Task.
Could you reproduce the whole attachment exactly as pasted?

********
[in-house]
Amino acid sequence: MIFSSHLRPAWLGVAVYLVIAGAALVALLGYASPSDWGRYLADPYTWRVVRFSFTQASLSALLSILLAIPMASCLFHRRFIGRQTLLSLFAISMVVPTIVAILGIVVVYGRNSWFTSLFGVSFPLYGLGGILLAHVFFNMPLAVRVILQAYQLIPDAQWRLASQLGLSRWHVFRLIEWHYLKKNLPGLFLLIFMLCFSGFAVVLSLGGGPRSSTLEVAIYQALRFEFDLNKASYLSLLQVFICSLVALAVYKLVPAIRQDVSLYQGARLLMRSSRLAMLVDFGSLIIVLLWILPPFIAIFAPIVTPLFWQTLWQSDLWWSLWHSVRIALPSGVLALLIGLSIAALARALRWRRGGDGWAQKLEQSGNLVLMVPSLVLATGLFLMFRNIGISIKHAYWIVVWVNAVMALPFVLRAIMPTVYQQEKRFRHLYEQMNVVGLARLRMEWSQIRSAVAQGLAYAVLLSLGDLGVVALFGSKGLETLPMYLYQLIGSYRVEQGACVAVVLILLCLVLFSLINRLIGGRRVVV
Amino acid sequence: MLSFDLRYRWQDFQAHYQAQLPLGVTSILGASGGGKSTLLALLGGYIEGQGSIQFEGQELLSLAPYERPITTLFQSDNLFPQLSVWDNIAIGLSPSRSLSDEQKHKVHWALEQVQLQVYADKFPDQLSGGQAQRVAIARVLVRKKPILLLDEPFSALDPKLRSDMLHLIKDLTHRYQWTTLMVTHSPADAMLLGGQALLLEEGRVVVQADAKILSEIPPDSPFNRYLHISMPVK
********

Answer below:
[in-house]
Amino acid sequence: MIFSSHLRPAWLGVAVYLVIAGAALVALLGYASPSDWGRYLADPYTWRVVRFSFTQASLSALLSILLAIPMASCLFHRRFIGRQTLLSLFAISMVVPTIVAILGIVVVYGRNSWFTSLFGVSFPLYGLGGILLAHVFFNMPLAVRVILQAYQLIPDAQWRLASQLGLSRWHVFRLIEWHYLKKNLPGLFLLIFMLCFSGFAVVLSLGGGPRSSTLEVAIYQALRFEFDLNKASYLSLLQVFICSLVALAVYKLVPAIRQDVSLYQGARLLMRSSRLAMLVDFGSLIIVLLWILPPFIAIFAPIVTPLFWQTLWQSDLWWSLWHSVRIALPSGVLALLIGLSIAALARALRWRRGGDGWAQKLEQSGNLVLMVPSLVLATGLFLMFRNIGISIKHAYWIVVWVNAVMALPFVLRAIMPTVYQQEKRFRHLYEQMNVVGLARLRMEWSQIRSAVAQGLAYAVLLSLGDLGVVALFGSKGLETLPMYLYQLIGSYRVEQGACVAVVLILLCLVLFSLINRLIGGRRVVV
Amino acid sequence: MLSFDLRYRWQDFQAHYQAQLPLGVTSILGASGGGKSTLLALLGGYIEGQGSIQFEGQELLSLAPYERPITTLFQSDNLFPQLSVWDNIAIGLSPSRSLSDEQKHKVHWALEQVQLQVYADKFPDQLSGGQAQRVAIARVLVRKKPILLLDEPFSALDPKLRSDMLHLIKDLTHRYQWTTLMVTHSPADAMLLGGQALLLEEGRVVVQADAKILSEIPPDSPFNRYLHISMPVK